Five years ago, I found myself heading down an unexpected path, starting a new business to carry on the work I had been doing writing and speaking about search engines and search marketing. On this anniversary, a few thoughts on life along the way.
My First Founder’s Story
For those unfamiliar, I’ve been covering search engines for 15 years now, since I first wrote a publication back in April 1996 called “A Webmaster’s Guide To Search Engines.” I later developed that into the Search Engine Watch web site, which I sold in 1997 to Internet.com — the company today known as WebMediaBrands.
While I sold the site, I continued to be the editor. I also was instrumental in helping to develop, in 1999, the conference series that was then called Search Engine Strategies (it was rebranded last year as simply SES). If you want more background on both of these, and my roles with them, see the links below:
- Happy 10th Birthday, Search Engine Watch – A History Of The Site
- 10 Year Retrospective: Search Engine Strategies To SMX: Search Marketing Expo
Things unexpectedly changed for me in 2005. The web site I founded, and the conference series I helped create, were sold along with the ClickZ web site to a company called Incisive Media. I wasn’t unhappy with the sale. I found it worthwhile to agree to stay on when the deal was made.
A year later, when my contract was up for renewal, I no longer felt it made sense to stick around. That made for an interesting day:
If you want the backstory about that, see my previous posts below:
- Leaving Search Engine Watch
- The Day After & Many Thanks!
- Pondering Next Steps — Making No Fast Decisions
- News On My Plans For Next Year
I announced my departure on August 29, 2006 — hence my five year anniversary today. Well, a few days off — I was on vacation when the actual date happened. Being on vacation, totally unplugged for a week, is a pretty great sign that things have grown well.
My Second Founder’s Story
In the end, I felt I could produce a better web site and a conference series, as well as have a long-term interest in these, if I went out on my own. So I did. Search Engine Land became my new home; SMX: Search Marketing Expo my new conference series. But by my home, I mean these were the new places where I was continuing to do the work I’d always done, not that these were creations solely on my own.
Instead, these — along with Sphinn, Search Marketing Now and our recently launched IMT Courses, are creations of a new company I cofounded with partners Chris Sherman, Sean Moriarty and Chris Elwell: Third Door Media. Our little company now counts over 15 employees and recently made the Fortune 5000 list, ranking at 1,585 overall and 147 the Advertising & Marketing category.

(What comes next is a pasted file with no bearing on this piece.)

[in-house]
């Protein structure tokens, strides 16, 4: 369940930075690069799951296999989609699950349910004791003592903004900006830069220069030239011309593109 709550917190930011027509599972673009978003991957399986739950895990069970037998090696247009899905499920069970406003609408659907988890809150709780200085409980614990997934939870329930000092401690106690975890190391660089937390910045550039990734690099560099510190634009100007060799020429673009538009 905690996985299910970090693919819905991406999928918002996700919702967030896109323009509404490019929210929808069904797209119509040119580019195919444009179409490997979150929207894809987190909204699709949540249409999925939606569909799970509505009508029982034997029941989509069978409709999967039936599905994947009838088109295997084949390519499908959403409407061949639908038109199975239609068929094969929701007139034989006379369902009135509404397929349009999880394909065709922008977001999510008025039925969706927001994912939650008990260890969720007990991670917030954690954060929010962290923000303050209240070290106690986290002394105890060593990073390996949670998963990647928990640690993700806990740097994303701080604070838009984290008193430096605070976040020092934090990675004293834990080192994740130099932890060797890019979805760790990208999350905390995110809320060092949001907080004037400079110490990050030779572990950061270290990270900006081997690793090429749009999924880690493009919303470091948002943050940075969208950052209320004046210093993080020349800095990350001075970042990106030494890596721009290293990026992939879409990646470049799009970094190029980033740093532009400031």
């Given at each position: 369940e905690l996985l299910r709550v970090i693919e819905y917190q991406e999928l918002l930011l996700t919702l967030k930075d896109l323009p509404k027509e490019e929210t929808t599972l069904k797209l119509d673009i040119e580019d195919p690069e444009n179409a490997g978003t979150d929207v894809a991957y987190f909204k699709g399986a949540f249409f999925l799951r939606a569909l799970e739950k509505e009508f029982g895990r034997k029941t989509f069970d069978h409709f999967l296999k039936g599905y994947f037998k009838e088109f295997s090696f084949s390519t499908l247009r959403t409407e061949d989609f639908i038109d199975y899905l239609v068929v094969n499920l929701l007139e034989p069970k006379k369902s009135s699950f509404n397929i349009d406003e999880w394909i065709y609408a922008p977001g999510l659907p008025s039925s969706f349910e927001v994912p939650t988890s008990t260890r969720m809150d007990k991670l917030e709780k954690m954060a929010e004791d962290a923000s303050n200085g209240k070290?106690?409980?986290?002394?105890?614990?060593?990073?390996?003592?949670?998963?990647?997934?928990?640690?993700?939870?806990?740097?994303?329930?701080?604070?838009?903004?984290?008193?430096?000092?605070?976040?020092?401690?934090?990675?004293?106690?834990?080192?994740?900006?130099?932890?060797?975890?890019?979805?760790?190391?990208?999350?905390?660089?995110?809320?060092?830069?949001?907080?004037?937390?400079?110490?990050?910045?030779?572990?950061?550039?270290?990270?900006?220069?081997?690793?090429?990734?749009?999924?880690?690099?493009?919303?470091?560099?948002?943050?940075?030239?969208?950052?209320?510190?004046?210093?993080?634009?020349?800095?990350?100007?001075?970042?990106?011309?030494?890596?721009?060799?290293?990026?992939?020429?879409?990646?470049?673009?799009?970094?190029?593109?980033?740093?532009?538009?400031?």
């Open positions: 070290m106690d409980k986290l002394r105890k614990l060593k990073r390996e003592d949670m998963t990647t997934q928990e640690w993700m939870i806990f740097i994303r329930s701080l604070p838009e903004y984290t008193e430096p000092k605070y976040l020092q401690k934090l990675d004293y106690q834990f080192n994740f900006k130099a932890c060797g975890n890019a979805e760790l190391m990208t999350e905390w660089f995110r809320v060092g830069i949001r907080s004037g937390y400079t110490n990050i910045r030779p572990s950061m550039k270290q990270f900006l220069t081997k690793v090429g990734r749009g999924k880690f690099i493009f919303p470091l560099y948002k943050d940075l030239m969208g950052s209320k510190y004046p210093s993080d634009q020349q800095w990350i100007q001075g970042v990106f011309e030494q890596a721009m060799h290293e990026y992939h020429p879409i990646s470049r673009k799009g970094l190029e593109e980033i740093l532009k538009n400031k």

Later this month, we’ll hold what’s firmly on track to be our biggest search marketing conference ever, SMX East, with record attendance. Our first ever show, SMX Advanced, has sold out ever year we’ve held it, five years in total, now. Search Engine Land keeps having record traffic.
How did we get here? Well….
It sounds easy. Just have good people. Finding good people, however, is hard. I wish I had great insights to share on how to find them, but most of our staff has come about because someone knew someone else. Maybe that’s a good lesson. Your best recruiting tool might be your existing employees.
Trust Your People
Having started originally 15 years ago by doing everything myself, there’s a part of me that always thinks I should be mapping out exactly how everything should be done. But I’ve learned, fortunately, to largely let that go.
For one thing, there’s simply no time. If you try to do everything, you’ll either get nothing done or a lot of things done badly. Trust in your collegues, and you can focus on the things where you’re really needed — as they can too.
One of the biggest surprises in our growth story was the economic downturn of 2008. Suffice to say, we hadn’t planned on one of the worst economies since the Great Depression to happen.
Our plans for growth in 2009 quickly changed to adjusting to the new normal. We locked down thoughts of expansion and stayed extremely cautious on what we forecast. By battening down the hatches quickly, we came through the storm.
Embrace The Virtual World
Someone asked me recently where Third Door Media was based, and I didn’t have a good answer. We’re incorporated out of Delaware. Many of our employees are based in Connecticut, for no particular reason other than that’s where they already lived. But we’re also spread out across the US, and virtually all of us work from home. We have one really small leased sales office.